A Safe Transitions Pathway for post-craniotomy neurological surgery patients: high-value care that bypasses the intensive care unit

View More View Less
  • 1 Department of Neurological Surgery and
  • 2 Division of Hospital Medicine, Department of Medicine, University of California, San Francisco;
  • 3 Department of Neurological Surgery, University of California, Irvine;
  • 4 University of California San Francisco Medical Center, San Francisco; and
  • 5 School of Medicine, University of California, San Francisco, California
Restricted access

Purchase Now

USD  $45.00

JNS + Pediatrics - 1 year subscription bundle (Individuals Only)

USD  $505.00

JNS + Pediatrics + Spine - 1 year subscription bundle (Individuals Only)

USD  $600.00
Print or Print + Online

OBJECTIVE

High-value medical care is described as care that leads to excellent patient outcomes, high patient satisfaction, and efficient costs. Neurosurgical care in particular can be expensive for the hospital, as substantial costs are accrued during the operation and throughout the postoperative stay. The authors developed a “Safe Transitions Pathway” (STP) model in which select patients went to the postanesthesia care unit (PACU) and then the neuro-transitional care unit (NTCU) rather than being directly admitted to the neurosciences intensive care unit (ICU) following a craniotomy. They sought to evaluate the clinical and financial outcomes as well as the impact on the patient experience for patients who participated in the STP and bypassed the ICU level of care.

METHODS

Patients were enrolled during the 2018 fiscal year (FY18; July 1, 2017, through June 30, 2018). The electronic medical record was reviewed for clinical information and the hospital cost accounting record was reviewed for financial information. Nurses and patients were given a satisfaction survey to assess their respective impressions of the hospital stay and of the recovery pathway.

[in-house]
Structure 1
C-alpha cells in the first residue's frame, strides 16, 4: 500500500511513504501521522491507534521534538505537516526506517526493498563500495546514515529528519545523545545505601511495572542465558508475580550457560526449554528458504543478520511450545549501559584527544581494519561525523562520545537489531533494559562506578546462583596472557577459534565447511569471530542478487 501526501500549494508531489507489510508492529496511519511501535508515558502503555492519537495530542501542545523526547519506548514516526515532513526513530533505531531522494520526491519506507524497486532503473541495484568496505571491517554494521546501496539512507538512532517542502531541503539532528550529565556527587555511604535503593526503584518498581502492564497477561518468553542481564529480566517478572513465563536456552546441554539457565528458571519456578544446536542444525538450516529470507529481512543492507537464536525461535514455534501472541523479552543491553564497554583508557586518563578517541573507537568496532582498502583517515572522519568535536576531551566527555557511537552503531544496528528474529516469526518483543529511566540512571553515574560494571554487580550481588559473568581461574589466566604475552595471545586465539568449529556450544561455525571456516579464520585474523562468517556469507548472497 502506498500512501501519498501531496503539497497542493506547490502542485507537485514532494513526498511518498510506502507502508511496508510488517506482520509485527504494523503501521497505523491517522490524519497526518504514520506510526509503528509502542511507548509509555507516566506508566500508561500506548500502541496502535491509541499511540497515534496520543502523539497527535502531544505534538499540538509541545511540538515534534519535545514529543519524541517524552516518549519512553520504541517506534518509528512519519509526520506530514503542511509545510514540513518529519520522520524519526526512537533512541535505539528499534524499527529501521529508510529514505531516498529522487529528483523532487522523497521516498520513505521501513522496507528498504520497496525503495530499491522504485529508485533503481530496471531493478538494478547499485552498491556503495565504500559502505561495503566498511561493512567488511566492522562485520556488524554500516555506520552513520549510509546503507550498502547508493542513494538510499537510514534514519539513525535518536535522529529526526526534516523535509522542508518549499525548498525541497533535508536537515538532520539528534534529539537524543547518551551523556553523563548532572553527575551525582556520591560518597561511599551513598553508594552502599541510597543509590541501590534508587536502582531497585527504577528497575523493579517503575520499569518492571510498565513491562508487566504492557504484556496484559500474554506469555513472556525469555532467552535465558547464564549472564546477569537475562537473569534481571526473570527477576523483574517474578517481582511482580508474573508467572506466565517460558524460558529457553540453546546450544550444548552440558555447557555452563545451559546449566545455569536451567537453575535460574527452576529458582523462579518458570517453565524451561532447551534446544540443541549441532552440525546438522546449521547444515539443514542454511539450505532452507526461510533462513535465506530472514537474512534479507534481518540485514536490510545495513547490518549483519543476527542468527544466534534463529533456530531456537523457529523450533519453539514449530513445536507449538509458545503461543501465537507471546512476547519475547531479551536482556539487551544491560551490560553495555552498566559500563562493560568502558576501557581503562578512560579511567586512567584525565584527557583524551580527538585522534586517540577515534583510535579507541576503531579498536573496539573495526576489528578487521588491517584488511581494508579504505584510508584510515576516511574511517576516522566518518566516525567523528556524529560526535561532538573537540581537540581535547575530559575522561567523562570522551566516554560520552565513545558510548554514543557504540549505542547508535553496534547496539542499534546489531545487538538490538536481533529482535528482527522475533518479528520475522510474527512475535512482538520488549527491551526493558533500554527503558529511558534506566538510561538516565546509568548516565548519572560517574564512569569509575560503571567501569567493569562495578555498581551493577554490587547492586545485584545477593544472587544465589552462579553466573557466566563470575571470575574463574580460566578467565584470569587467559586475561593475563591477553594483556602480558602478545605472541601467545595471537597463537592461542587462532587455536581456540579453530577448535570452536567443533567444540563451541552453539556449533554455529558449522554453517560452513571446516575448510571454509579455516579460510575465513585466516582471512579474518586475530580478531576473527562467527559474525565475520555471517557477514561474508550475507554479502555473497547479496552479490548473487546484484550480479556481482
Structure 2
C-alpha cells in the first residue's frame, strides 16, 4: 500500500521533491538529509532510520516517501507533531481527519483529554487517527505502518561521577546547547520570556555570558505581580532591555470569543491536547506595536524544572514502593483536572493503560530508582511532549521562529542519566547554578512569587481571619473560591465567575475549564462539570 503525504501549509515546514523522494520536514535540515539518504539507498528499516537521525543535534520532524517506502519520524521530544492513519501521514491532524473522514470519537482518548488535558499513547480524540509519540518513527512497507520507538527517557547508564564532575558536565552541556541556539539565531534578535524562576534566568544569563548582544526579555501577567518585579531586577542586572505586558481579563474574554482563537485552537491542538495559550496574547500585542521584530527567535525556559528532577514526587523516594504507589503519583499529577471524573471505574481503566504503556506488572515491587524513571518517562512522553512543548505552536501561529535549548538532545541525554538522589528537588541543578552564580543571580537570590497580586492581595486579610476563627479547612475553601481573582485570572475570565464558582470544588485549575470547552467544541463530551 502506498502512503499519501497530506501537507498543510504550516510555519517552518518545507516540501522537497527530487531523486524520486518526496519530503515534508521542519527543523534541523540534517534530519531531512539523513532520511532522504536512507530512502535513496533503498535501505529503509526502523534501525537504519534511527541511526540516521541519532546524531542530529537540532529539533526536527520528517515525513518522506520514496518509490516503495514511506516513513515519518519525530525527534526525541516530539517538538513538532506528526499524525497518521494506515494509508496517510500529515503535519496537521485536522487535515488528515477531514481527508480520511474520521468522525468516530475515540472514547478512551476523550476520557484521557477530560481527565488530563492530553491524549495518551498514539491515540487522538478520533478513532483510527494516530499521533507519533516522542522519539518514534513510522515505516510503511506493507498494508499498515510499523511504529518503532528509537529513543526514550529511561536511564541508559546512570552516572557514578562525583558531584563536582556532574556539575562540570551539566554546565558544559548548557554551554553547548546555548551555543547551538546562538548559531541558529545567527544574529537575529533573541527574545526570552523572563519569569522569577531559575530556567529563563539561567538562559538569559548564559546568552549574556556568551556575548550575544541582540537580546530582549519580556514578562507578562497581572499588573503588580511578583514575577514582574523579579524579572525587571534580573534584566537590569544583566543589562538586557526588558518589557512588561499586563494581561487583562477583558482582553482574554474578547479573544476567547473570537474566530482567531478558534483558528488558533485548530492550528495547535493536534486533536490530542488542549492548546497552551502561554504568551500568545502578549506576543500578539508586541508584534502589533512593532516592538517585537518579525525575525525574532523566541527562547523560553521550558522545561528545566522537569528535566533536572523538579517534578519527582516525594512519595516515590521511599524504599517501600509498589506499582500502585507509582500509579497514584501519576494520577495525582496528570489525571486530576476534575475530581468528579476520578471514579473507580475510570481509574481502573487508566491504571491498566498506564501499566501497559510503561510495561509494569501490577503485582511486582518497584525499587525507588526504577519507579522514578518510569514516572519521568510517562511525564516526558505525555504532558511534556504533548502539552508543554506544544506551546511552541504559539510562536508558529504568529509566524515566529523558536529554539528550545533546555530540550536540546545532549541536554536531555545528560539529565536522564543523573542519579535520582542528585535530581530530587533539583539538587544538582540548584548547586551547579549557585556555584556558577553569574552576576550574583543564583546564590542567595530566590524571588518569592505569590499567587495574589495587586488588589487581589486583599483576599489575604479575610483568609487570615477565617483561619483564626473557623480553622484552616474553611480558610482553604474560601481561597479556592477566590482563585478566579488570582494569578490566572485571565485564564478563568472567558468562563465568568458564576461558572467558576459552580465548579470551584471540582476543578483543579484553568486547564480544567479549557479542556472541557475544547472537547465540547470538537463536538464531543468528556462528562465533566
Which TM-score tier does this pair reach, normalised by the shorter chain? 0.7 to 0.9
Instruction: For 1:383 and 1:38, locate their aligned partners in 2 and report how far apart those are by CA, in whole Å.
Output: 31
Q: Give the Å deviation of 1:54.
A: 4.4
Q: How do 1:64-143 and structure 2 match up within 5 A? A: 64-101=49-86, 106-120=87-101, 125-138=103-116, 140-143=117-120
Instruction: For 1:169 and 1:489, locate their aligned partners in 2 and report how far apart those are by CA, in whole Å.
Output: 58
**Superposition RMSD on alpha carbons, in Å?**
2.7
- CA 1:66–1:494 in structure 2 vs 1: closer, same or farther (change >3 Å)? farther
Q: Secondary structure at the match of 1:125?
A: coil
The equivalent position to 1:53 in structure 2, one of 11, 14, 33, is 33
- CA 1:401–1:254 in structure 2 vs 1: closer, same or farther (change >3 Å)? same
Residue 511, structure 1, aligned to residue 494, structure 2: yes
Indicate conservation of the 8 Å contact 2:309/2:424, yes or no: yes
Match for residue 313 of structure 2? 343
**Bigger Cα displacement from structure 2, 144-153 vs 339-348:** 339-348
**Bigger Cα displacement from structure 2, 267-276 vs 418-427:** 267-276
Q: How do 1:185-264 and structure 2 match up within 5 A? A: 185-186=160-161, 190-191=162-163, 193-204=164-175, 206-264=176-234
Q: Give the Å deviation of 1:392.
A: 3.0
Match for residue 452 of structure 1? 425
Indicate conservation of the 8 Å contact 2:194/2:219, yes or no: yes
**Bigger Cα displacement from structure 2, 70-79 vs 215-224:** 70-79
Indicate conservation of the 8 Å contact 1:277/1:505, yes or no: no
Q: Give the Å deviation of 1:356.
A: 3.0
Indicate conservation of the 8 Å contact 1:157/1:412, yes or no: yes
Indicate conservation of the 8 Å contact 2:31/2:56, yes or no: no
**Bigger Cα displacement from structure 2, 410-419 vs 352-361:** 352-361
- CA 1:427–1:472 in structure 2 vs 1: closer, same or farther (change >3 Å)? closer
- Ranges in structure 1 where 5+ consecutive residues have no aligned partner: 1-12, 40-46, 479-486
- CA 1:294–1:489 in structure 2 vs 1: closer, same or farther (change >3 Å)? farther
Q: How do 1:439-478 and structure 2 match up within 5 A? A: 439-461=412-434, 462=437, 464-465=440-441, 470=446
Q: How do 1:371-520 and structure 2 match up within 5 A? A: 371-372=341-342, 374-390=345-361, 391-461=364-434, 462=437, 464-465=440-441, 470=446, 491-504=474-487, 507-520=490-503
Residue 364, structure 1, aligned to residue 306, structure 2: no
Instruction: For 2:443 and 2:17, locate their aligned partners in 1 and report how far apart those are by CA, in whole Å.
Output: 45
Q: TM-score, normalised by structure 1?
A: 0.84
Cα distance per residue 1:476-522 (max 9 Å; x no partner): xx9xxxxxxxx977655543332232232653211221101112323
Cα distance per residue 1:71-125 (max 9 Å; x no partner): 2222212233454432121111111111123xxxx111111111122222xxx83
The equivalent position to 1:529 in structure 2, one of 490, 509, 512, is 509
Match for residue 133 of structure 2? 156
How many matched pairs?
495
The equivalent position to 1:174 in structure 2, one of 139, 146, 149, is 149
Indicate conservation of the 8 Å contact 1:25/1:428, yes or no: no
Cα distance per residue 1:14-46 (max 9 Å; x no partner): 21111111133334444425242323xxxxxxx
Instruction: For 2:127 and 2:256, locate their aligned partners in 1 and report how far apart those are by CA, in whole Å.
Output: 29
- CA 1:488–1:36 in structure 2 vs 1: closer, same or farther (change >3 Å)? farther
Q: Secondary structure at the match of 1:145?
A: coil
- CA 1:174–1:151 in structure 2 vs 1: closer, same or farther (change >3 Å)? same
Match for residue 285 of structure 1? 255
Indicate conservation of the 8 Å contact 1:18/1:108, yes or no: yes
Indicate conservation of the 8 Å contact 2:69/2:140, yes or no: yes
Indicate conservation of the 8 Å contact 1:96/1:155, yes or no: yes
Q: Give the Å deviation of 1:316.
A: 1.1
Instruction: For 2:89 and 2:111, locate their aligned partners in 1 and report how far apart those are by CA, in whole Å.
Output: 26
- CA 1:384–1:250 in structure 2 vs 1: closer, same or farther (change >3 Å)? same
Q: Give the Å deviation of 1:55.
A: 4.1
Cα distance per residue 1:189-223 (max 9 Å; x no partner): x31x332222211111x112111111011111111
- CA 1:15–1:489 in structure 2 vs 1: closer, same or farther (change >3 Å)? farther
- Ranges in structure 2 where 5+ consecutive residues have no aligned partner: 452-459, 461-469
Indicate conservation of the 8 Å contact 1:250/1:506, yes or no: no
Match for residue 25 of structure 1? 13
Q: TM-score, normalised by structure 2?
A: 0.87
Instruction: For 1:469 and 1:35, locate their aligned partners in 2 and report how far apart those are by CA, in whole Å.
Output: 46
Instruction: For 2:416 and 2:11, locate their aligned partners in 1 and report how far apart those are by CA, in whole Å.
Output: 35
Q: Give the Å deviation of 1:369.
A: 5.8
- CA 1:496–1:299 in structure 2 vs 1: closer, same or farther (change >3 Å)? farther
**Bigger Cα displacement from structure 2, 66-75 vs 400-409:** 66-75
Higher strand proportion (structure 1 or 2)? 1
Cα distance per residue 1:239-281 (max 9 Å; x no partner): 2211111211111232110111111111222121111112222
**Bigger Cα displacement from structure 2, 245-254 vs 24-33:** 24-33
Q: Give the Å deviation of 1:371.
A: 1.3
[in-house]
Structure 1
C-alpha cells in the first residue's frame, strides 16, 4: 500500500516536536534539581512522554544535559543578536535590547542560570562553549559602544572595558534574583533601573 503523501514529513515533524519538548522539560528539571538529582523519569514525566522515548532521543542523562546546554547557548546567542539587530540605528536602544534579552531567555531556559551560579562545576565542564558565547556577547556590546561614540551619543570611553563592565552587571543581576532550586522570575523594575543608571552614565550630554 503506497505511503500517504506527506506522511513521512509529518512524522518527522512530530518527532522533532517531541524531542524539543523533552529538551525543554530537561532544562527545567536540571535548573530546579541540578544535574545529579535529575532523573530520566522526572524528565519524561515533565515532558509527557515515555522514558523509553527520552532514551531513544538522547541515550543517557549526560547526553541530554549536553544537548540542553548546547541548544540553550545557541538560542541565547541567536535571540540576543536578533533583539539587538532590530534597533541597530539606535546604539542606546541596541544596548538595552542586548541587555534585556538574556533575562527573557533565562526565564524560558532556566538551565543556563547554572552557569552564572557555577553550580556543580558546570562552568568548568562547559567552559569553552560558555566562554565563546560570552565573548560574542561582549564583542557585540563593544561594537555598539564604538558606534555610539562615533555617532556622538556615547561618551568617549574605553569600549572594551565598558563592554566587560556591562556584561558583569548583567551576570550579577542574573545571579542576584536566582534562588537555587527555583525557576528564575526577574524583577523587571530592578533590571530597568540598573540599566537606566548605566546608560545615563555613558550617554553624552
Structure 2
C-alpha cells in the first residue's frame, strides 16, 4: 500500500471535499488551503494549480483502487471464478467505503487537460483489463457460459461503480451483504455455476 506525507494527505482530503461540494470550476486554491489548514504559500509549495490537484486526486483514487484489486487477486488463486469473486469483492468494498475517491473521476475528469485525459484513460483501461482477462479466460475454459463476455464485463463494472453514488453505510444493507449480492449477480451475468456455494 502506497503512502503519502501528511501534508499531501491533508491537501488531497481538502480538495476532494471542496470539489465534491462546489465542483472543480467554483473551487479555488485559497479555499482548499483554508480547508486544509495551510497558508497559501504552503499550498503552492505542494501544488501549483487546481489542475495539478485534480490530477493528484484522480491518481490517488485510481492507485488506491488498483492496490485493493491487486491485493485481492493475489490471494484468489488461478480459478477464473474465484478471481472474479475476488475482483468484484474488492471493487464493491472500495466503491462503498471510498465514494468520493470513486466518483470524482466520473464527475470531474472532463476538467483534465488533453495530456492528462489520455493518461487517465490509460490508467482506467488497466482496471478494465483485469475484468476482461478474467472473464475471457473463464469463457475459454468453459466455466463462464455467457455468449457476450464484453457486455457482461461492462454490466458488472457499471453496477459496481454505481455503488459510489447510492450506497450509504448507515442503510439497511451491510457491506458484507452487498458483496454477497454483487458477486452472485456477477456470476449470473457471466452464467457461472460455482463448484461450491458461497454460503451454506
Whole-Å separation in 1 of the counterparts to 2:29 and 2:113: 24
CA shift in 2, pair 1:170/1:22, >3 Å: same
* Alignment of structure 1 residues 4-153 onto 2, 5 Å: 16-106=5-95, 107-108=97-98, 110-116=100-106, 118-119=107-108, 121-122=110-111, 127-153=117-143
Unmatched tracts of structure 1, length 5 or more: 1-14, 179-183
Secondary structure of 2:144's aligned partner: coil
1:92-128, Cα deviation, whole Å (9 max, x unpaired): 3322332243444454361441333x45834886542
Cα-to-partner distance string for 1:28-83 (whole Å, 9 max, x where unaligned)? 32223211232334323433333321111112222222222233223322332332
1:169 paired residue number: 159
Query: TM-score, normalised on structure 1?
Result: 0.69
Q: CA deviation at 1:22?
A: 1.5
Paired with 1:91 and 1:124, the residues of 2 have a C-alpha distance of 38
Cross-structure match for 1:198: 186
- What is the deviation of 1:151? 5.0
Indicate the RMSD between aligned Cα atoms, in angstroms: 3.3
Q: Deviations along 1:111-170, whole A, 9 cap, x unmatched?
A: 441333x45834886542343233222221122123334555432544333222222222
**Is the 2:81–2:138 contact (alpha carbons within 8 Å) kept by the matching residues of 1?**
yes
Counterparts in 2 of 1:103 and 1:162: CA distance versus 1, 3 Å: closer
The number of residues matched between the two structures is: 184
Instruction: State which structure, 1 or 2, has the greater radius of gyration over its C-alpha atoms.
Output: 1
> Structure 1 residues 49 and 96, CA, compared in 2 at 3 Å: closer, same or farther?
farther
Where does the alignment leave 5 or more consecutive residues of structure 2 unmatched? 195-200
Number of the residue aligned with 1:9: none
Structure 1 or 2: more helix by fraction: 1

RESULTS

No patients who proceeded to the NTCU postoperatively were upgraded to the ICU level of care postoperatively. There were no deaths in the STP group, and no patients required a return to the operating room during their hospitalization (95% CI 0%–3.9%). There was a trend toward fewer 30-day readmissions in the STP patients than in the standard pathway patients (1.2% [95% CI 0.0%–6.8%] vs 5.1% [95% CI 2.5%–9.1%], p = 0.058). The mean number of ICU days saved per case was 1.20. The average postprocedure length of stay was reduced by 0.25 days for STP patients. Actual FY18 direct cost savings from 94 patients who went through the STP was $422,128.

CONCLUSIONS

Length of stay, direct cost per case, and ICU days were significantly less after the adoption of the STP, and ICU bed utilization was freed for acute admissions and transfers. There were no substantial complications or adverse patient outcomes in the STP group.

ABBREVIATIONS CMI = case mix index; DVT = deep venous thrombosis; FY18 = 2018 fiscal year; ICU = intensive care unit; LOS = length of stay; MVD = microvascular decompression; NTCU = neuro-transitional care unit; PACU = postanesthesia care unit; PE = pulmonary embolism; SSI = surgical site infection; STP = Safe Transitions Pathway; UTI = urinary tract infection.

JNS + Pediatrics - 1 year subscription bundle (Individuals Only)

USD  $505.00

JNS + Pediatrics + Spine - 1 year subscription bundle (Individuals Only)

USD  $600.00

Contributor Notes

Correspondence Michael W. McDermott: University of California, San Francisco, CA. mcdermottm@neurosurg.ucsf.edu.

INCLUDE WHEN CITING Published online May 29, 2020; DOI: 10.3171/2020.3.JNS192133.

Disclosures Dr. A. K. Chan reports receiving support of a non–study-related clinical or research effort from Orthofix Inc. Dr. McDermott reports being a consultant for Stryker.

  • 1

    Halpern NA. Can the costs of critical care be controlled? Curr Opin Crit Care. 2009;15(6):591596.